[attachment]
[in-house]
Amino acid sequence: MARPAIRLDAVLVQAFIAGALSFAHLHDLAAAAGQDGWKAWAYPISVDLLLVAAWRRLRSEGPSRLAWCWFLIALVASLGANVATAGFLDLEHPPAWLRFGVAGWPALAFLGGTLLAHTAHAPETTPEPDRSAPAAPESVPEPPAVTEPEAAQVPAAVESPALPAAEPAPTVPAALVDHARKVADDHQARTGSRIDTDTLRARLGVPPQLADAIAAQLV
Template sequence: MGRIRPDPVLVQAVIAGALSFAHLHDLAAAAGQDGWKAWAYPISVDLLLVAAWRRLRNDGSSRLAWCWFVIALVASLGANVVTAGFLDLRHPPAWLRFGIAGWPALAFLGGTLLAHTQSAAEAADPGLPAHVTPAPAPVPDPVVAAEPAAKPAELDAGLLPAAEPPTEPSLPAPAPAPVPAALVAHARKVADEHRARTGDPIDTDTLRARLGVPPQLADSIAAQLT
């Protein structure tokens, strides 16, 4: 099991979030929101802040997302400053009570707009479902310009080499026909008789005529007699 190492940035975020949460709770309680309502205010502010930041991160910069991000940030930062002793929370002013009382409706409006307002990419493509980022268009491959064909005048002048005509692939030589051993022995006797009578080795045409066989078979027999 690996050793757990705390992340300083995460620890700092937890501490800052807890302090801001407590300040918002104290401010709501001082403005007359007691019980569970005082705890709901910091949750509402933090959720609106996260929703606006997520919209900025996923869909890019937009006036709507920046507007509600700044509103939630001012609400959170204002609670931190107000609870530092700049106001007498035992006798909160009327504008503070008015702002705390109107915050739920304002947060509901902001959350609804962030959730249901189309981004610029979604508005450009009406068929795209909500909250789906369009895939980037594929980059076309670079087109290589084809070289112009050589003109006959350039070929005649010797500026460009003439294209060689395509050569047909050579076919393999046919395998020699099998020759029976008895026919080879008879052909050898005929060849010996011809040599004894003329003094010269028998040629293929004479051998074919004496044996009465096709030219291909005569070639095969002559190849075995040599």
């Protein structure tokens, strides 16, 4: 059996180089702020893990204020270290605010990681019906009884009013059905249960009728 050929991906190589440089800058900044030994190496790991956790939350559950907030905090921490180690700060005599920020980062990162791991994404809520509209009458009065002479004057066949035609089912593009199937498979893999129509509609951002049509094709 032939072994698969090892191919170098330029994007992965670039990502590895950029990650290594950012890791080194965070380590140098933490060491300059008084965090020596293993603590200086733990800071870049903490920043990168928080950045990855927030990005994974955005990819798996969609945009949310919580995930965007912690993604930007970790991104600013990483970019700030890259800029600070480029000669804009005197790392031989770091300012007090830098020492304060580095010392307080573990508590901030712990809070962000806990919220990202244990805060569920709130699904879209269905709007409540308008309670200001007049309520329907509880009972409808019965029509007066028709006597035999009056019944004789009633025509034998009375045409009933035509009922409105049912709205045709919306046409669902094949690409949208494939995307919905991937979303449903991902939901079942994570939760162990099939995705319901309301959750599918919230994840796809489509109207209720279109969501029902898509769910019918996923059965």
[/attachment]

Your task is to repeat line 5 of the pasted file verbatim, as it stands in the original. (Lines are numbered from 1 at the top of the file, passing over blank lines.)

């Protein structure tokens, strides 16, 4: 059996180089702020893990204020270290605010990681019906009884009013059905249960009728 050929991906190589440089800058900044030994190496790991956790939350559950907030905090921490180690700060005599920020980062990162791991994404809520509209009458009065002479004057066949035609089912593009199937498979893999129509509609951002049509094709 032939072994698969090892191919170098330029994007992965670039990502590895950029990650290594950012890791080194965070380590140098933490060491300059008084965090020596293993603590200086733990800071870049903490920043990168928080950045990855927030990005994974955005990819798996969609945009949310919580995930965007912690993604930007970790991104600013990483970019700030890259800029600070480029000669804009005197790392031989770091300012007090830098020492304060580095010392307080573990508590901030712990809070962000806990919220990202244990805060569920709130699904879209269905709007409540308008309670200001007049309520329907509880009972409808019965029509007066028709006597035999009056019944004789009633025509034998009375045409009933035509009922409105049912709205045709919306046409669902094949690409949208494939995307919905991937979303449903991902939901079942994570939760162990099939995705319901309301959750599918919230994840796809489509109207209720279109969501029902898509769910019918996923059965």